The Economic Determinants of the CEO Compensation- Performance Sensitivity

Posted: 28 Jul 1997

See all articles by Stephen Bryan

Stephen Bryan

City University of New York - Stan Ross Department of Accountancy

Lee-Seok Hwang

Seoul National University - College of Business Administration

Date Written: May 1997

Abstract

We examine the agency-theory-based economic determinants of the firm-specific CEO compensation-performance sensitivity by using CEO cash compensation (salary plus bonus) as the proxy for CEO compensation and annual accounting earnings as the measure of firm performance. From agency theory, the determinants we examine are the amount of noise in earnings, the level of political constraints, the degree of monitoring difficulty, the investment opportunity set, the agency cost of debt, and the agency cost of equity. Using proxies for these constructs, we find the sensitivity of CEO cash compensation to firm performance (accounting earnings) to be weaker in the presence of noisier earnings, greater political constraints, and greater observability of managerial actions. We also underscore the importance of research design by showing that the CEO compensation- performance sensitivity is at least four times higher for the firm-specific time series regression than for the pooled cross-sectional regression.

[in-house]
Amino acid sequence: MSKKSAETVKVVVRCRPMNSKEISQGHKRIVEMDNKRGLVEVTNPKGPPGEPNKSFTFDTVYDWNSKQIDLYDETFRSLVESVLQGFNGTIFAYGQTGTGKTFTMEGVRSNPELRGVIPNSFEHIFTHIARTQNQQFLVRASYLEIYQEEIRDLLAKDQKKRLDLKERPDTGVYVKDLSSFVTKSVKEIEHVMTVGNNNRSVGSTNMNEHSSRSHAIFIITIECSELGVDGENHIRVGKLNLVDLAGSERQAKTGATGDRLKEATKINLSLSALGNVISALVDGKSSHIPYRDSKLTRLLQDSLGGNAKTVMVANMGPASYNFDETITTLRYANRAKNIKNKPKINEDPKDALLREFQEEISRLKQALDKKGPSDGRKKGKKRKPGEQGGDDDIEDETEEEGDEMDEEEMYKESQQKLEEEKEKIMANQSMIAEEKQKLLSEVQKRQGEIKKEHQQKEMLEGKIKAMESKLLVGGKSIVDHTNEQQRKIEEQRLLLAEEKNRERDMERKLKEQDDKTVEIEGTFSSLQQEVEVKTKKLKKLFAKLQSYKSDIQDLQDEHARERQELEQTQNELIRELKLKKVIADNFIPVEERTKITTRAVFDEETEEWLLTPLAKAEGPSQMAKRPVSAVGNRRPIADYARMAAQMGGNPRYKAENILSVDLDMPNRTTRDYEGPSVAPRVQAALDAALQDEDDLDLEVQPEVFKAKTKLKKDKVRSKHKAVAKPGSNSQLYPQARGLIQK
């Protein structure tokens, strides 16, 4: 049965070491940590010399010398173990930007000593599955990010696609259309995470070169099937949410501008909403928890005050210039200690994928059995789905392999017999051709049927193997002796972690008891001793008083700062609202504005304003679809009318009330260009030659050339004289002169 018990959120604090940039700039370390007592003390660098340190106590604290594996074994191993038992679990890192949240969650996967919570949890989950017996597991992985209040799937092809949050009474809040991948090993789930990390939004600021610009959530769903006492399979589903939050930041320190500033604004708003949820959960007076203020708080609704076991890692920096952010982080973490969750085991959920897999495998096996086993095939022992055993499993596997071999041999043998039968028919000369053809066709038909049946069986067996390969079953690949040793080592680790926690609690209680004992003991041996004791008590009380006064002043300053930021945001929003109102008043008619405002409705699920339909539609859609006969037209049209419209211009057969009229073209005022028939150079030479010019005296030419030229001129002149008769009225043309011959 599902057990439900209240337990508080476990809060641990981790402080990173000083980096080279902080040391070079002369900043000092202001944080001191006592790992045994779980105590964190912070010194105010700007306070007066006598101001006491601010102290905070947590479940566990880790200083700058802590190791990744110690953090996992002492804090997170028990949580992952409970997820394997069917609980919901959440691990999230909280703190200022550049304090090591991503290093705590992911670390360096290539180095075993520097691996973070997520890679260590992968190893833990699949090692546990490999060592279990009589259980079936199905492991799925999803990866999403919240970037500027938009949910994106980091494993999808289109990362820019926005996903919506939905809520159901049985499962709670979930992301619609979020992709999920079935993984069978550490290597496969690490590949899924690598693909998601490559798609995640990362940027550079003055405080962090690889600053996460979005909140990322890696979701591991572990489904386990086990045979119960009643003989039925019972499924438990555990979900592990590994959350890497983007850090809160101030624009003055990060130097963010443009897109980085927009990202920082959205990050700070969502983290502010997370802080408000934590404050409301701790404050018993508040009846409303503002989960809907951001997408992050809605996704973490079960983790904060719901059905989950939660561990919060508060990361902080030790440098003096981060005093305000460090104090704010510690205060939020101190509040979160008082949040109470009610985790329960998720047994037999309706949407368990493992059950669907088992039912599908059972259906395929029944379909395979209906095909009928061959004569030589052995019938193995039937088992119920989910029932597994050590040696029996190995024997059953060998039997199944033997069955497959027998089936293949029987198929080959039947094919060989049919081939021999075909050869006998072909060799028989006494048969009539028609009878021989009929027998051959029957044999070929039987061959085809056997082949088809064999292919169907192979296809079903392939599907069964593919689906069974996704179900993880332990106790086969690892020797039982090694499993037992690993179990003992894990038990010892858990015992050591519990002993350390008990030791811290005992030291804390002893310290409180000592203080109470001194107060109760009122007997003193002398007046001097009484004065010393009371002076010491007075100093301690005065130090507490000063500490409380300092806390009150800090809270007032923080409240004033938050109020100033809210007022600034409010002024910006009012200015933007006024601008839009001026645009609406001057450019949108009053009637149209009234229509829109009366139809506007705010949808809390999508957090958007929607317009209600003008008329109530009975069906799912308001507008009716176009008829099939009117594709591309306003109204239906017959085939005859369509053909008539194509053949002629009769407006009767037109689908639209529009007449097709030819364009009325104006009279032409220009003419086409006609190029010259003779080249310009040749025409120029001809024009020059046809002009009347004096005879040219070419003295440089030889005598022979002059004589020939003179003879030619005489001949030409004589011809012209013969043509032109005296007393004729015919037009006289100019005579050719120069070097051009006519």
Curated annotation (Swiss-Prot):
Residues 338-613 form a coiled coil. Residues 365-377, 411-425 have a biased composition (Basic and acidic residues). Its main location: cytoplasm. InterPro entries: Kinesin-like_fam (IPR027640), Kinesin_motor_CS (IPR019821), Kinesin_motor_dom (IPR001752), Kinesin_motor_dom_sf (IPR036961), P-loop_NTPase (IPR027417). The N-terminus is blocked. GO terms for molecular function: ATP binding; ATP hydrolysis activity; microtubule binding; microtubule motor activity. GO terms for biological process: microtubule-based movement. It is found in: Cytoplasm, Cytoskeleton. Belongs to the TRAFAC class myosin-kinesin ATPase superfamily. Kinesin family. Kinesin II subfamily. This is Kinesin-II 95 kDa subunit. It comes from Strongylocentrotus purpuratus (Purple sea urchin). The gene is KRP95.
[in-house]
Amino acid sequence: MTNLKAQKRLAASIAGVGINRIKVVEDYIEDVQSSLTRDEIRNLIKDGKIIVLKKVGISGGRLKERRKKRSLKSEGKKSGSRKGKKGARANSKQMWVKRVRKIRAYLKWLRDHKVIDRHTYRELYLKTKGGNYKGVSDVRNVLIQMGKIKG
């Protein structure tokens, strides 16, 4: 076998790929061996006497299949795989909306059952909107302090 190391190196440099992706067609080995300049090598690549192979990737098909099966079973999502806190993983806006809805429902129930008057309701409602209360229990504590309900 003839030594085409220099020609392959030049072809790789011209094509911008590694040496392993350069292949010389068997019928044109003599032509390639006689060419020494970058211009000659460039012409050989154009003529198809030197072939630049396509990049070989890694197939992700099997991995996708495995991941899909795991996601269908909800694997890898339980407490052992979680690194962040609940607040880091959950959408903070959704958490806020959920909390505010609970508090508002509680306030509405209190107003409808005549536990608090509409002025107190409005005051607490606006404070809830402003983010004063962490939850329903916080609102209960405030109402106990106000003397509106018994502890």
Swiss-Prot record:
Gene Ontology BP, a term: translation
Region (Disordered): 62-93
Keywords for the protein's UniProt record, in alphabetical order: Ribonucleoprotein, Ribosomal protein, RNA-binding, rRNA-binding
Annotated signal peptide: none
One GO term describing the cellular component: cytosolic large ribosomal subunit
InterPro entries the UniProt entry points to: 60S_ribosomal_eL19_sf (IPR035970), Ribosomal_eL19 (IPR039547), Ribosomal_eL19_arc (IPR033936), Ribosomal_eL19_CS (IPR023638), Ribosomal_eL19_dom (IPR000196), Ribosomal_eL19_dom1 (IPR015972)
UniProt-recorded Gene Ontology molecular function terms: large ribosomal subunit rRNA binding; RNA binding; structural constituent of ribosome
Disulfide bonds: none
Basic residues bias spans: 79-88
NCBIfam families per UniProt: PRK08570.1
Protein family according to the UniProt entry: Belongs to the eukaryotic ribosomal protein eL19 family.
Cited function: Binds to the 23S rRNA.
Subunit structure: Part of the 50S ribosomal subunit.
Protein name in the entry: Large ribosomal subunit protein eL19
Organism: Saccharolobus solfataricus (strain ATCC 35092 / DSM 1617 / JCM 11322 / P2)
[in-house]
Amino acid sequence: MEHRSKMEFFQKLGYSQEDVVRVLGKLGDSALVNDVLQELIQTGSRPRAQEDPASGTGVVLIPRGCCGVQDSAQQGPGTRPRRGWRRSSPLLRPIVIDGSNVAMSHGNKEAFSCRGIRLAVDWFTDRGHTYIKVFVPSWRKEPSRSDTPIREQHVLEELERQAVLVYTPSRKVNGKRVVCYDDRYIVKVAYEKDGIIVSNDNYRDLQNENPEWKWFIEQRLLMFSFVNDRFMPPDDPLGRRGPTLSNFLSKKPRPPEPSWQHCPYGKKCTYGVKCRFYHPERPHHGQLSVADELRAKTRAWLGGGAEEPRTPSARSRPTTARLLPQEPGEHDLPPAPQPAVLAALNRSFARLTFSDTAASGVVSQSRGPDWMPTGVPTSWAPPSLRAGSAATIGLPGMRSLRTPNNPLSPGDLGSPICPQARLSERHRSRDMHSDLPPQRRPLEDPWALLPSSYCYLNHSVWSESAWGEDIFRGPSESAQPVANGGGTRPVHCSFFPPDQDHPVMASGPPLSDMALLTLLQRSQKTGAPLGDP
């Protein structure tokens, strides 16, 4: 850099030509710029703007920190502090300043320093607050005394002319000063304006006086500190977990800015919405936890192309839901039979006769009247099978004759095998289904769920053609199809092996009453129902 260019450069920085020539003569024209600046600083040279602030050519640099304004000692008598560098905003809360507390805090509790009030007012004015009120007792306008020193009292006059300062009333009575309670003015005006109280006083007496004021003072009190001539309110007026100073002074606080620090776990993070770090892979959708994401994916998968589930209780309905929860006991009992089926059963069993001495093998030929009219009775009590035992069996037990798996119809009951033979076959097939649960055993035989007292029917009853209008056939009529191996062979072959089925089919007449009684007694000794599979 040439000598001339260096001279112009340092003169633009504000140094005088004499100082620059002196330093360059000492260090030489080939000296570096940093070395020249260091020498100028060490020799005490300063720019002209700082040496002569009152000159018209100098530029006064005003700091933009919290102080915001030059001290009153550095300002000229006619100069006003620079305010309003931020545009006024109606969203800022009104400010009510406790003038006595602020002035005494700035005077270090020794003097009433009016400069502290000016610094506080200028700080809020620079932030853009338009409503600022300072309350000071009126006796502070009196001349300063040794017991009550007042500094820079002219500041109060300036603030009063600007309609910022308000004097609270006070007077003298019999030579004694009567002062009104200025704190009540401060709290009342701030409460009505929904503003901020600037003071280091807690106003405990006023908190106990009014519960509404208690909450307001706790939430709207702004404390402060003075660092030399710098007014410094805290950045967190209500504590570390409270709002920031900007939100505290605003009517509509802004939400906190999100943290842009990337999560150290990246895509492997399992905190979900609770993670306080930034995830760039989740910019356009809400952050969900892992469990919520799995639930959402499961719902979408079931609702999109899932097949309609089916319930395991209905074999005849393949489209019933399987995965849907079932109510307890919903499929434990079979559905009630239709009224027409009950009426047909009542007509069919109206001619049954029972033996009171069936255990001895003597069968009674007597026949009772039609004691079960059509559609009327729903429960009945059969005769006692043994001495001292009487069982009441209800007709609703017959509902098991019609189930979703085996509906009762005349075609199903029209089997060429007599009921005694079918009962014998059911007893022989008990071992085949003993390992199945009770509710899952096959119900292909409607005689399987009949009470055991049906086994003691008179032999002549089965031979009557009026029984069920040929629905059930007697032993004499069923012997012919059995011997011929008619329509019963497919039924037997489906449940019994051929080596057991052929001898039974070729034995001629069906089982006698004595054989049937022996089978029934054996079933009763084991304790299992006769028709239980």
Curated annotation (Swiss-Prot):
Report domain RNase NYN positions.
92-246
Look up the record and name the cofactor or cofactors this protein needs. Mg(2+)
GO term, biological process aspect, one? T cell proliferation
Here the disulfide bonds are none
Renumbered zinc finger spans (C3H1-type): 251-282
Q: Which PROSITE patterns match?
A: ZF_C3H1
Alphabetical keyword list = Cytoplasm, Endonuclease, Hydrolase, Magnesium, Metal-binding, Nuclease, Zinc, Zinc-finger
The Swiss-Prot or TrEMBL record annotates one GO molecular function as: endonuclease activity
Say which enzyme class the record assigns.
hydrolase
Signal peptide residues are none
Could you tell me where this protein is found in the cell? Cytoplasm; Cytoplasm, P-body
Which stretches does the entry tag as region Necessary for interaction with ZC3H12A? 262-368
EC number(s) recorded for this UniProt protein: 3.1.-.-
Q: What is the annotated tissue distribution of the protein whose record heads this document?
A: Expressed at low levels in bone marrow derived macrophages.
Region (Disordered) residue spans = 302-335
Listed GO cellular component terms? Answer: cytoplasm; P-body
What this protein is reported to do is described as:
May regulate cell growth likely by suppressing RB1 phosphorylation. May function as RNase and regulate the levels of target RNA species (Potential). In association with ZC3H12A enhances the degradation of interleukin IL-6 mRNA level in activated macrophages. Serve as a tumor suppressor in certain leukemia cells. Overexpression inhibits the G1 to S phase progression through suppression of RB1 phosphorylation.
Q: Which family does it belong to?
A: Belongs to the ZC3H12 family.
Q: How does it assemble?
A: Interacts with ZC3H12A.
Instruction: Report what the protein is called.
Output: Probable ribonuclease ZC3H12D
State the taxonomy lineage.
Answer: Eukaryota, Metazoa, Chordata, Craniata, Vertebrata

JEL Classification: J33, D82, D23

Suggested Citation

Bryan, Stephen and Hwang, Lee-Seok, The Economic Determinants of the CEO Compensation- Performance Sensitivity (May 1997). Available at SSRN: https://ssrn.com/abstract=8551

Stephen Bryan (Contact Author)

City University of New York - Stan Ross Department of Accountancy ( email )

One Bernard Baruch Way, Box B12-225
New York, NY 10010
United States
212-802-6441 (Phone)
212-802-6423 (Fax)

Lee-Seok Hwang

Seoul National University - College of Business Administration ( email )

Seoul, 151-742
Korea, Republic of (South Korea)

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